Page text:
'I will run 26 miles through the streets that used to be my bedroom'

Stephen OGrady will run Brighton Marathon
Stephen OGrady will run Brighton Marathon

From living rough on the streets to taking those first running steps, a once homeless man is tackling the Brighton Marathon this weekend to help his recovery.

Wearing his newly-crowdfunded trainers, Stephen O’Grady will take part in the gruelling event this weekend (April 15).

Stephen OGrady in Brighton

Stephen OGrady in Brighton

Like many others, Mr O’Grady slept rough in Brighton for more than 12 months.

Given the harsh conditions, he developed an addiction to alcohol.

“I don’t blame anyone on the streets for their addictions because you have to do something to make it a bit more bearable,” he said.

Just over a year ago he was not only struggling with a drinking habit, but confirms he felt about as low mentally and physically as anyone can get.

“I knew sooner or later the street would get me so I had to do something quite drastic. It would have killed me. My alcohol addiction would have ended up ruining me. And life on the street.”

Having reached out to New Hope Trust in Watford, Stephen sought help and found himself getting into running.

“It’s become my new addiction, running," he said.

“I am just over 14 months sober and running has played an enormous part in that.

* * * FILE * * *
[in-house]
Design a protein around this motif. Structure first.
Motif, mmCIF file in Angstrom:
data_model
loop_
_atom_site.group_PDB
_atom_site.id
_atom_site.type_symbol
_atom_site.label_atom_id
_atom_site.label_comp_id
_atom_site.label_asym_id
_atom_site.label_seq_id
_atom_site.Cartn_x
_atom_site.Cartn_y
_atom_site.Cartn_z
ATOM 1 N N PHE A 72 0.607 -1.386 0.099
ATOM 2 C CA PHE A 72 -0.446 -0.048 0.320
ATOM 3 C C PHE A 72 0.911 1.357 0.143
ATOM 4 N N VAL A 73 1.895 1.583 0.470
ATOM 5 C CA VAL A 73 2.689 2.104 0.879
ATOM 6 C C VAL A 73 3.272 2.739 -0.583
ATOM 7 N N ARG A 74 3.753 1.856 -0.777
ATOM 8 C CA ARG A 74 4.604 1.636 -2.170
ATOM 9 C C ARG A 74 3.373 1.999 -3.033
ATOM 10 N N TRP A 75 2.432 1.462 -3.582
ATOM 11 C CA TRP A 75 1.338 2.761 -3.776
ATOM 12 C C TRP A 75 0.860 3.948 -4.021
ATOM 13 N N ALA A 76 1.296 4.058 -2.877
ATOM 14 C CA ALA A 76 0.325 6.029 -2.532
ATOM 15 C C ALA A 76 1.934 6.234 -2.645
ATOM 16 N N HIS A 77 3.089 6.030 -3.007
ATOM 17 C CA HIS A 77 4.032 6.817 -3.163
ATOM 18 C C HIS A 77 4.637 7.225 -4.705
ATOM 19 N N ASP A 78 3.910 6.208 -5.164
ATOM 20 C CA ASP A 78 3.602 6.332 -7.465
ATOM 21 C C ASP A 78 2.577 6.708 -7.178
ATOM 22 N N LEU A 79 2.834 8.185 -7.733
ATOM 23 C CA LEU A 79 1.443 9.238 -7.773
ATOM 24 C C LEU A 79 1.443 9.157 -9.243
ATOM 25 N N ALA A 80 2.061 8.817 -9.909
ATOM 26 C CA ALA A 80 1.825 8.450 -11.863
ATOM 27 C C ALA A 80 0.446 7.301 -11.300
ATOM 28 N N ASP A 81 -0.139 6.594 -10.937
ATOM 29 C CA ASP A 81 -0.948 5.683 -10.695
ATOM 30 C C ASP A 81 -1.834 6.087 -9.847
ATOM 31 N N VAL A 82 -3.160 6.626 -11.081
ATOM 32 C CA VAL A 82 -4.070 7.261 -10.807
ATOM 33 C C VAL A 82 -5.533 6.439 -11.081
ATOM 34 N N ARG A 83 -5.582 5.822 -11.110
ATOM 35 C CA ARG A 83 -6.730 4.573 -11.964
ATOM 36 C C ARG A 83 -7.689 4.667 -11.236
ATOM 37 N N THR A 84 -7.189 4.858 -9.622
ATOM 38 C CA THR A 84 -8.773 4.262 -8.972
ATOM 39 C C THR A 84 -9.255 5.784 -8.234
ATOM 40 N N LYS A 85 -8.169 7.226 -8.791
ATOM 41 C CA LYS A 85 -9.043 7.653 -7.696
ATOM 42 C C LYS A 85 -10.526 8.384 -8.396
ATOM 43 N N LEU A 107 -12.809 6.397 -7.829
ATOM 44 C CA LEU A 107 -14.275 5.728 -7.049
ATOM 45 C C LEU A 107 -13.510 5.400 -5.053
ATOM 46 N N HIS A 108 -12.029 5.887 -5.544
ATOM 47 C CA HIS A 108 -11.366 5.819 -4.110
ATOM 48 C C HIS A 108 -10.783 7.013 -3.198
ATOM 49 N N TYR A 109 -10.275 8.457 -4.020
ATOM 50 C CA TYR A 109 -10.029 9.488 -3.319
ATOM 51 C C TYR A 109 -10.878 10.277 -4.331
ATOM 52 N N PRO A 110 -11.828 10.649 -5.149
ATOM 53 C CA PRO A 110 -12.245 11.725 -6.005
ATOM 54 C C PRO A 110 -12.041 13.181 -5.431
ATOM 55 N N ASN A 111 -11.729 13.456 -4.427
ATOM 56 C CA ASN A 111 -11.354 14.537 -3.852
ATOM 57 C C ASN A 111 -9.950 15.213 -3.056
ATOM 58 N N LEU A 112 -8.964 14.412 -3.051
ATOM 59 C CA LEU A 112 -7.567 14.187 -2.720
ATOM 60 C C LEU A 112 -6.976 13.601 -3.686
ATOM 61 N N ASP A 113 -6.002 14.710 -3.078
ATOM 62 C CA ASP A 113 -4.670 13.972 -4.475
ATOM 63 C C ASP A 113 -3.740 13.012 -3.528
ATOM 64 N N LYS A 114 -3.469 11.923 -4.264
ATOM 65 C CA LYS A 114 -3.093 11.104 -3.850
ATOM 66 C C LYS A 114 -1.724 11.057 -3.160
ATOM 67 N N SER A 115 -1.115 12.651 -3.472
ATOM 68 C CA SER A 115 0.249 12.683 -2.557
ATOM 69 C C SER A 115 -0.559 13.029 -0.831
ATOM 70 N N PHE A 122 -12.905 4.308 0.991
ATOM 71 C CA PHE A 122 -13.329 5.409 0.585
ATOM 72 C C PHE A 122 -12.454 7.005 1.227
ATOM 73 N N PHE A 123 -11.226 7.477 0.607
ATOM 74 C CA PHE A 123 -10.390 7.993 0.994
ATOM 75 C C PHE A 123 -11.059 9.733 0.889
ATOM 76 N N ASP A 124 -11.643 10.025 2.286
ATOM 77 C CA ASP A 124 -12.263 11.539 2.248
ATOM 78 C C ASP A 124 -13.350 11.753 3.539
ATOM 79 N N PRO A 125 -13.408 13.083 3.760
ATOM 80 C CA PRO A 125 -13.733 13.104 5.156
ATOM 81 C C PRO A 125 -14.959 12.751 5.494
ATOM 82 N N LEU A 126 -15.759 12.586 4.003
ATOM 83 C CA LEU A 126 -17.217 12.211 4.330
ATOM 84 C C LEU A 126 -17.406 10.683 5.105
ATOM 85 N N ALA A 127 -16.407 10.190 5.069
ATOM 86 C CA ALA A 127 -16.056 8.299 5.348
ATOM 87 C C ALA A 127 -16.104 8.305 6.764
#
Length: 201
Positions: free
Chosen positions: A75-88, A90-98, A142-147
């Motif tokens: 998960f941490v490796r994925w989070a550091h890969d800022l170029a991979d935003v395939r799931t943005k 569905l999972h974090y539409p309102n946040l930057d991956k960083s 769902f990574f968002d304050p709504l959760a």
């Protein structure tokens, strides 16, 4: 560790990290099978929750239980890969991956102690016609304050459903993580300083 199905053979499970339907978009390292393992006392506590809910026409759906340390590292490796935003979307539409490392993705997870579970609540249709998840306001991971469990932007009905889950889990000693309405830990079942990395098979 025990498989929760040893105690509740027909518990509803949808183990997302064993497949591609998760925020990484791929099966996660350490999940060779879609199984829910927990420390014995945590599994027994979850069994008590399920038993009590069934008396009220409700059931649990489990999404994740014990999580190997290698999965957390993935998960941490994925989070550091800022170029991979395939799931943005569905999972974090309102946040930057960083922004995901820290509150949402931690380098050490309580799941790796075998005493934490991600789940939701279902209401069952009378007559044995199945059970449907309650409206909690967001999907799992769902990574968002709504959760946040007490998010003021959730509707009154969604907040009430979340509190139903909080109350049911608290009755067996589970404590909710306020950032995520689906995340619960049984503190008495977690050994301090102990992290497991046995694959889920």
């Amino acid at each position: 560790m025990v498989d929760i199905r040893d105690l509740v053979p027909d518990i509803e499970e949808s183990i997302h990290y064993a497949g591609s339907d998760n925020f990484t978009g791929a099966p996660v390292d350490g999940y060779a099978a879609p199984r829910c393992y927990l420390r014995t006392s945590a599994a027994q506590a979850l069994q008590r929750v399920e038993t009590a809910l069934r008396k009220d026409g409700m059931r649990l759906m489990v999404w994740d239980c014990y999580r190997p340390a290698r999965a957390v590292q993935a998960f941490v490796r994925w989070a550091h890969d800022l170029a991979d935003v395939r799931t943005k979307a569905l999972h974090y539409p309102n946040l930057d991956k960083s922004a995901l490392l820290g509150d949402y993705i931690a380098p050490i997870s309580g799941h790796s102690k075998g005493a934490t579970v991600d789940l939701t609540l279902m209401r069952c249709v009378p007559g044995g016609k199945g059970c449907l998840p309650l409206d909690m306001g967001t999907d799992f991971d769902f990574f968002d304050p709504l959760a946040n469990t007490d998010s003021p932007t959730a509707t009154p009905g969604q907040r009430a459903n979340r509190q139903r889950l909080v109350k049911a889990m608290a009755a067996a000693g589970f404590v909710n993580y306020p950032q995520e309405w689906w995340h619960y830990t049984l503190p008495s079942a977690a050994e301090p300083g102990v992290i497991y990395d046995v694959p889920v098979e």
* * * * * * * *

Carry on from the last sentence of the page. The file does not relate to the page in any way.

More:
“I have had various medical treatments and counselling to deal with the underlying issues, but ultimately my escape is running.”

Although Mr O’Grady is running in aid of World Cancer Research Fund, he is also hoping to raise awareness for those living rough.

It is estimated that there are 178 people sleeping rough in Brighton and Hove in 2017, a 24 per cent increase on the same period in 2016.

Mr O'Grady said: “If I can go some way towards changing people's perception of rough sleepers on the street then that would be great.

“Everyone that's on the street has got a story.

“There are some very talented people that are homeless and are overlooked, so if I can change people's perceptions of what is possible and to encourage others to treat everyone like a human being then that would be great.”

From hitting rock bottom to making a speedy recovery in just over a year, O’Grady, like many of the competitors for this weekend’s Brighton Marathon is about to embark on a significant emotional and physical journey.

“It’s almost like a sense of closure for me," said Mr O'Grady.

“Brighton saw me in a really dark place of my life, what better way can I prove that I have overcome that by running 26 miles through the streets, the streets that used to be my bed.”

Rather than allowing the streets to become his death bed, O’Grady has turned them into the runway to his own mental and physical success.

You can sponsor Mr O’Grady here.